How long have you been a cheesemaker?
Probably about thirteen years. I started off in New Zealand at a big cheese company, scrubbing and turning for the cheesemakers. I’d ride my bike to the factory after school. I started at the bottom. One day the cheesemaker said, ‘Do you want to learn to make cheese?’ Mum said, ‘You can either get a job or go back to school.’ So I got a job and nine years after that I was brought over here. I started learning from other cheesemakers. I have learnt on the job from other cheesemakers through trial and error.
What’s the best thing about cheesemaking?
Being able to experiment with different types of cheeses. Also, educating the public. Telling people about how we use local milk and local ingredients. Educating people about the different styles of cheese out there. It is not just the run-of-the-mill cheese slices or the supermarket brand cheddars or whatever. We are handcrafted, handmade, artisan cheese and you can tell the difference. We don’t homogenise our milk or add any preservatives. Our only preservative is salt.
I love interacting with customers. We have tour groups that come up here, ranging from international tour groups to primary school tour groups. I need to simplify the process and make it fun for the little kids. I don’t mind talking to people and educating them. This is handcrafted cheese not a cookie-cutter product.
Is there a particular cheese you enjoy making?
At the moment — and it is probably my signature cheese — it is a sage Dalton darby. It is good for around Christmas time. It is an English-style cheese, actually older than a clothbound cheddar. They used to make it around harvest time in England to use up all of their milk and crops, then celebrate with sage. I am replicating it here. It is a cross between a gouda and a phile, gouda being a Dutch-style cheese, which is quite spongy, and phile being a Welsh-style cheese, which is aged quite young and is … not sour but tart and sharp on the tongue. It takes about three weeks to mature. I spent about three or four hours the other day just grinding up the sage and boiling up the chlorophyll. I don’t like adding any unnatural food colouring or anything, but you want that nice marbling in it — the colour. We use vegetarian rennet too. It is called FPC rennet, and it comes from a plant extract, whereas traditionally people used to use calf rennet, which came from the lining of the calf’s stomach. But, because of the ethics behind killing cows just for their rennet, it has died off. Over here, we stick to regulations and use vegetarian rennet.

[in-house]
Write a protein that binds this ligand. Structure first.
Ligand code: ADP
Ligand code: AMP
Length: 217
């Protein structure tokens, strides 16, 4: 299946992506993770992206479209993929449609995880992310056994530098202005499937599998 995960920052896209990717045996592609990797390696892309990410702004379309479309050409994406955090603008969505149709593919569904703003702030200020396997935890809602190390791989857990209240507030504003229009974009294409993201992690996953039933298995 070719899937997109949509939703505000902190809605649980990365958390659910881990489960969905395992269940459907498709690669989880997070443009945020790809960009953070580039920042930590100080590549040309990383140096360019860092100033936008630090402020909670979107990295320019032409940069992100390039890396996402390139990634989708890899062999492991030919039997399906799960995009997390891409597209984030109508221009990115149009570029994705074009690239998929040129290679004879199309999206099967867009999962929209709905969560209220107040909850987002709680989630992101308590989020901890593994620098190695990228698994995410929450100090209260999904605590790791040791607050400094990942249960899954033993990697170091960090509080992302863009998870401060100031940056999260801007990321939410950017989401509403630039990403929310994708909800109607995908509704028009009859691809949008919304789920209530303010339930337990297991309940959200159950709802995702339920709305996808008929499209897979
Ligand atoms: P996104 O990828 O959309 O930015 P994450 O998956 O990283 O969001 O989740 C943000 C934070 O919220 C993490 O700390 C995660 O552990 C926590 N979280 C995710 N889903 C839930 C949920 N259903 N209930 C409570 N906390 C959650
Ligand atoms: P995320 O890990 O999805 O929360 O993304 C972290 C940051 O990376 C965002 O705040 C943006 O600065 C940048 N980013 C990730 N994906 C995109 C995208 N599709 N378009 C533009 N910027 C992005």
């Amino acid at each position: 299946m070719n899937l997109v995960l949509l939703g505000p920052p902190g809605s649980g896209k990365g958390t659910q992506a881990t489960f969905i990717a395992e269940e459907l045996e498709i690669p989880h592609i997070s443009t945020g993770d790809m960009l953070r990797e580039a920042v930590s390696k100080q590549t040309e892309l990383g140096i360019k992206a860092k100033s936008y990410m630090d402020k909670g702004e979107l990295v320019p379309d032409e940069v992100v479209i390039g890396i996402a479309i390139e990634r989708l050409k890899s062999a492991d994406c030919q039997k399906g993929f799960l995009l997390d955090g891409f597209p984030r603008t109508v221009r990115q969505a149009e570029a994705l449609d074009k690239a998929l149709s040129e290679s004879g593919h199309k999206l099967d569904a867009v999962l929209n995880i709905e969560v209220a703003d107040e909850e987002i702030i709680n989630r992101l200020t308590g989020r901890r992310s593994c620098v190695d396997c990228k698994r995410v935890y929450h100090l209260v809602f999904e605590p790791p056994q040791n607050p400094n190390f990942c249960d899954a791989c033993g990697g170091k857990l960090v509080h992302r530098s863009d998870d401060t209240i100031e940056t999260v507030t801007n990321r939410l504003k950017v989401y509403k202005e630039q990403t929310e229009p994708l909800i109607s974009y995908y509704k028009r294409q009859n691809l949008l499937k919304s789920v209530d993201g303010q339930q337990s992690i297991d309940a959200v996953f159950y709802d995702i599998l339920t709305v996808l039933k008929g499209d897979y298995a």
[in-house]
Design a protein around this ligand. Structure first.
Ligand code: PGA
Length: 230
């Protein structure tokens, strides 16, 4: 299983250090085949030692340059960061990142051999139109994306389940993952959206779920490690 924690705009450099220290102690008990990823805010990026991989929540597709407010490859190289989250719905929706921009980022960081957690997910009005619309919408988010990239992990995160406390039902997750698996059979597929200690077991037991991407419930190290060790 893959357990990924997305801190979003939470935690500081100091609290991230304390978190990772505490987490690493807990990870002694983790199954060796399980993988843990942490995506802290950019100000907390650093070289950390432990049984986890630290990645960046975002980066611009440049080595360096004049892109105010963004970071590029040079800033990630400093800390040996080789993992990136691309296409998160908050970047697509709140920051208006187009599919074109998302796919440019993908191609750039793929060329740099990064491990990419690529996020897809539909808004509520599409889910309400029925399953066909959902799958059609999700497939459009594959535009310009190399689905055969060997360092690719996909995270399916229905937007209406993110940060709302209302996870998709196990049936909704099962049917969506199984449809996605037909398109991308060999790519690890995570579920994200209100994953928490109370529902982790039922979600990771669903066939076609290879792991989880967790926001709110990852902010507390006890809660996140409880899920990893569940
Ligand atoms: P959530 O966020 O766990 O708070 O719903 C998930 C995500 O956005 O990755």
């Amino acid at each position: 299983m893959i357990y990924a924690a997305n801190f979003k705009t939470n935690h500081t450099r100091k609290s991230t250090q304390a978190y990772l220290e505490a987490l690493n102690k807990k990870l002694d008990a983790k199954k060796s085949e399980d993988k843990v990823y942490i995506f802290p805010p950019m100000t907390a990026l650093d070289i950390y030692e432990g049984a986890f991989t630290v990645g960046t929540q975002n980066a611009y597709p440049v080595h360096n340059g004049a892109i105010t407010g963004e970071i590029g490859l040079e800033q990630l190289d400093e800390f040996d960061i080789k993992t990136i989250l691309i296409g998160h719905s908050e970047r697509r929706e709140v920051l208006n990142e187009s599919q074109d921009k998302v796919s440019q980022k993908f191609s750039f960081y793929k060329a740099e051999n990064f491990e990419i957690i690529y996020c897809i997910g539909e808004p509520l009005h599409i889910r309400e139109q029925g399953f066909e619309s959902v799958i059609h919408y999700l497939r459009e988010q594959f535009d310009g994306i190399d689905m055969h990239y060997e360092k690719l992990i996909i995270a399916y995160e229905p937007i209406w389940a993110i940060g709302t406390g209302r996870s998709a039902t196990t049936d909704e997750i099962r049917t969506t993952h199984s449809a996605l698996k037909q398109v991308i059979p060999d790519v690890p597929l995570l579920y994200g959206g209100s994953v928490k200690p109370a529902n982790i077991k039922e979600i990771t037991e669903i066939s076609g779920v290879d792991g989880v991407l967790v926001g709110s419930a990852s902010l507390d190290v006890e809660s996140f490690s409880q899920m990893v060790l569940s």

What else does your job entail?
Ninety per cent of my time I am cleaning, so I call myself a glorified cleaner. You want the good bacteria in the cheese, not the bad bacteria. You have to be careful because it is at the optimal temperature for bacteria to grow.
So, you love the lifestyle?
I love cheesemaking. It started off as a job, but it has become a lifestyle, a passion. I love coming up here and seeing the people’s faces when they try the cheeses, and it gives me valuable feedback. I want to make cheese for the customer, and I enjoy tasting and quality control. We try to incorporate the three venues. The restaurant uses our cheese in their dishes, and we make a beer-washed rind for the brewery with their beer.
It is one big happy family up here. I crank my music, and I dance. You have to enjoy work. There’s no point in going in there thinking, ‘It is just another day. I am doing the same thing.’ Here, we make such a wide range of cheeses, every day is different. I am still learning. I am still being challenged by different cheeses as there are so many variables, and things that can go wrong or right. And I love sunny Queensland, as well. I am a country boy, which is why I love Tamborine Mountain so much. It is similar. You can’t go wrong working next to a brewery and having a couple of cold ones after work. I love my work. I put my heart and soul into it.